While animal and human cloning remain philosophical and political hot subjects, few would deny the benefits and significance of plant cloning. Plant cloning is used in agriculture, medicine, and decoration. Cloning may be accomplished in various methods, including using stem cuttings that can be planted or grafted onto another plant. Another way of cloning is to clip buds, leaves, and flowers and move them to other plants.
Even though farmers have employed plant cloning since the dawn of agriculture, it is a technology that receives little attention. The intricacies of plant cloning, the technology behind it, its advantages, and the exact stages involved in this process are discussed in the following article.
What does Plant Cloning involve?
Plant cloning is a method of cutting or clipping plants to create plants with identical genetics. It’s critical to replant the plant after trimming it to allow the roots to develop into the soil. A new set of roots will emerge from the incision when enough time has passed, generally one to three weeks, and the cloning process will be complete.
Why do people choose to do Cloning Plants?
Cloning is usually a straightforward, rapid, easy, and cost-effective way to multiply plants from a single host plant. When farmers find a plant with a healthy set of genes, they can clone it to assure that all subsequent recreations are as healthy as the original. When a plant is cloned from another, it is guaranteed to keep the host or mother plant’s features and attributes.
Cloning plants allow farmers to bypass the germination process, which may be time-consuming. If the plant is taken from a mature host, it will blossom significantly faster after the rooting process is complete.
It’s also worth noting that the cloning procedure has no negative impact on the mother plant’s health. As long as there are multiple branches to clip from, you may make as many clones as you need from the same mother plant.
However, it is crucial to note that not all clonings will be successful in this procedure. The clones from a mother plant may not always root effectively, resulting in the plant clipping’s death. As a result, it’s vital to anticipate that a few clones will fail during the procedure.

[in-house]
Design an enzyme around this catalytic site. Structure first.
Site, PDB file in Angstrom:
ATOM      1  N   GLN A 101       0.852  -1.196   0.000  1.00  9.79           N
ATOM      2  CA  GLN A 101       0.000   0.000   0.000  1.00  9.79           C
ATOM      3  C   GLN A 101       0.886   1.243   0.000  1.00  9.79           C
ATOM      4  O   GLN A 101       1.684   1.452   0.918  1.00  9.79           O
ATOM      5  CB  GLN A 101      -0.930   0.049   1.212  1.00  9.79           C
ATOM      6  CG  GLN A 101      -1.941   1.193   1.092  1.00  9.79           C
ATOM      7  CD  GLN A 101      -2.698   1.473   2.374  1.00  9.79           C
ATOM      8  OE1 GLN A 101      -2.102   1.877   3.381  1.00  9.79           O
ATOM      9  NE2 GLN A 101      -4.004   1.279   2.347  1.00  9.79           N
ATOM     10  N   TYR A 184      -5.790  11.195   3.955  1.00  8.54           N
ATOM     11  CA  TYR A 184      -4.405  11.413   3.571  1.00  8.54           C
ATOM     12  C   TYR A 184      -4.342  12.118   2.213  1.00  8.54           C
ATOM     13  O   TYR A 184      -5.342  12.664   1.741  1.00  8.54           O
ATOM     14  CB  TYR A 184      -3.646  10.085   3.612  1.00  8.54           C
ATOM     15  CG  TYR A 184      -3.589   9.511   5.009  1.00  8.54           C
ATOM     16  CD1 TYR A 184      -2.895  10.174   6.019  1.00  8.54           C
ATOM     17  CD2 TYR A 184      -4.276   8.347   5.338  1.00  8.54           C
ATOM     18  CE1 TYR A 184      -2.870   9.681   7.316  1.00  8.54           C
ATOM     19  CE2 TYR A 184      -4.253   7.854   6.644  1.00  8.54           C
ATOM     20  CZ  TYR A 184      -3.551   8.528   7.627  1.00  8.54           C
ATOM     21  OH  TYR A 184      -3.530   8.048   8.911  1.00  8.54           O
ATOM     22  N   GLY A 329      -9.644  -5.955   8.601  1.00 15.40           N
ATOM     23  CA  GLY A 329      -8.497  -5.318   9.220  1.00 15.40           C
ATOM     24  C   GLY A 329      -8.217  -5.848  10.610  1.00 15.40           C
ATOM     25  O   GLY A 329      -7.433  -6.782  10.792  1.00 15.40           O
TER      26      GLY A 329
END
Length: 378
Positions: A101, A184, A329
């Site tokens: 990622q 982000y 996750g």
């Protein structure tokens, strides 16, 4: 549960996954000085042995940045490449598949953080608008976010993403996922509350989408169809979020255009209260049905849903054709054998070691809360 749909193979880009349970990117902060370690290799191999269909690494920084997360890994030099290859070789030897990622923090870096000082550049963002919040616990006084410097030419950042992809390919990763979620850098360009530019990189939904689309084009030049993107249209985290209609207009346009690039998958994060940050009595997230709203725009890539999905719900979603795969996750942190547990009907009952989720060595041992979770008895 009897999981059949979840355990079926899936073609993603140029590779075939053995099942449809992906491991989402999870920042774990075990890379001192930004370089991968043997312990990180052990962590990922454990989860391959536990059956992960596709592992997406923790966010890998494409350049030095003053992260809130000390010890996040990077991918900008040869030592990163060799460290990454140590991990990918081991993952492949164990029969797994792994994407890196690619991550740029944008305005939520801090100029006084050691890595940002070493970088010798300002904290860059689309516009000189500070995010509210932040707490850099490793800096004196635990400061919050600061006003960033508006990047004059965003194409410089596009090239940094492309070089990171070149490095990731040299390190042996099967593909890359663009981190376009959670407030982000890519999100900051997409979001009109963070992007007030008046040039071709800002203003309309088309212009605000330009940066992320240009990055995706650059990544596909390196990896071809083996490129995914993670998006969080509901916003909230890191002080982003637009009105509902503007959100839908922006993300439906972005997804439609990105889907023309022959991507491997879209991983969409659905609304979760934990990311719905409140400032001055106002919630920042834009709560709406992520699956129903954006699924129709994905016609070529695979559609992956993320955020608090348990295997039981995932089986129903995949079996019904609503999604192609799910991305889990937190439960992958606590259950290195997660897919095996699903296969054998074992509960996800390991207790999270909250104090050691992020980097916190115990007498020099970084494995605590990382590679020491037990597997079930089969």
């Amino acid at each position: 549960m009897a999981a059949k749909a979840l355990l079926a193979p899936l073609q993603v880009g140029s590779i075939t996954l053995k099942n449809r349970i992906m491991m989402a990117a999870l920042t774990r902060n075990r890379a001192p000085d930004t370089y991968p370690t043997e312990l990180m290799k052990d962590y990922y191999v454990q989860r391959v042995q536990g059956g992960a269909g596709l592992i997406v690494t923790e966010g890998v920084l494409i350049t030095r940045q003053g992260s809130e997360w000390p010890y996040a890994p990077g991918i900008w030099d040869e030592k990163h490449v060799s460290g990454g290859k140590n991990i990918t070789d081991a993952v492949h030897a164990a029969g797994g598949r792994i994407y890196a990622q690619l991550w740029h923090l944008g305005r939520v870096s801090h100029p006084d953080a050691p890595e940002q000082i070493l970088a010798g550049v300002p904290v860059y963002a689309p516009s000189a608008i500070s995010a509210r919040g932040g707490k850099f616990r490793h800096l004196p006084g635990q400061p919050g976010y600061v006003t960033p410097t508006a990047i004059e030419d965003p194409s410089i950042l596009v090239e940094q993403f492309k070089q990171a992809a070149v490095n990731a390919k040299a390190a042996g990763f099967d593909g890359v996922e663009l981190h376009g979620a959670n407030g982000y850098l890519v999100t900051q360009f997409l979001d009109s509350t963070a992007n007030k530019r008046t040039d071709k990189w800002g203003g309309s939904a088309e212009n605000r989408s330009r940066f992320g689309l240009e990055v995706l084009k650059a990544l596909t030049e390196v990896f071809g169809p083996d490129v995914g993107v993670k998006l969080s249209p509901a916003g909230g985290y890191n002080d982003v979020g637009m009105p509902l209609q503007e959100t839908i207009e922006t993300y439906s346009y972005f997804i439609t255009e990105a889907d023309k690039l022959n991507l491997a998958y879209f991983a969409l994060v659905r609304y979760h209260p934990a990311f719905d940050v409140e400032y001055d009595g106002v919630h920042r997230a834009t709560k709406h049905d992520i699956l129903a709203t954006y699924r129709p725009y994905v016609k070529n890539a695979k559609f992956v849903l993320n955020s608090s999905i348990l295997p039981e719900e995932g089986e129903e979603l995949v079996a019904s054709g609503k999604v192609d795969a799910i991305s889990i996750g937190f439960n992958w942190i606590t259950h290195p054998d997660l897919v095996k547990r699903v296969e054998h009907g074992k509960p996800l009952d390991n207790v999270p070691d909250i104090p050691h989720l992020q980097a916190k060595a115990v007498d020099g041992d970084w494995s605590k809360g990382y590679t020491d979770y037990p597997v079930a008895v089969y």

Cloning Plants can be done in the following ways:
Cuttings of leaves
A new plant can be created by cutting a leaf from an existing plant and placing the stem in the soil. Common plants, including African violets, snake plants, gloxinia, and various begonia species, are affected.
When cutting off their stems and laying flat on top of the soil, certain plant leaves produce roots along the severed veins at certain intervals. The parent leaf eventually seems to have spawned multiple tiny plants, which all grow vertically from the veins of the leaf. Begonia and geranium are examples of plants that reproduce this way.
Another way of cloning is to take a section of a plant’s stem and place it in soil, either horizontally or vertically. Roots will eventually grow downward from the stem, and a new plant will sprout from the top. When a bud emerges from a stem and the stem is severed from the plant, the bud develops into a new plant. Begonia, gardenia, Christmas cactus, lantana, and impatiens are examples of plants that may reproduce this way.
Cloning is a typical technique of propagation for many fruit trees. A bud, which is an undeveloped branch, leaf, or flower projecting from the plant’s stem, is cut from the parent, inserted into a notch cut into the parent stem, wrapped in place, and allowed to grow until it can be withdrawn from the parent and planted in soil on its own.
Many flowers, including the common daylily, African violets, certain orchids, and ferns, are propagated by dividing their thick roots. Each half may be planted and cultivated as a new plant once it has been separated.
Strawberry plants that grow wild produce horizontal stems that touch the ground. These stems can ultimately sprout roots, allowing another strawberry plant to sprout. The young plant looks exactly like the parent.
A segment of another plant’s root or the rooted stem is connected to a plant cutting. The two portions fuse and form a single plant. The desired features of one plant can be combined with the desirable properties of another to create a new hybrid plant without the need for hybrid seeds. Grafting is commonly used to create miniature fruit and oriental trees for residential landscaping.
Cloning Plants in 4 Simple Steps
Step 1: Cut the right plant the right way
Cutting from the correct portion of the plant is essential during cloning. You can cut the stem at the tip or in the middle. If you’re not sure, cut the tip of the stem because that’s where most of the plant’s growth is currently taking place.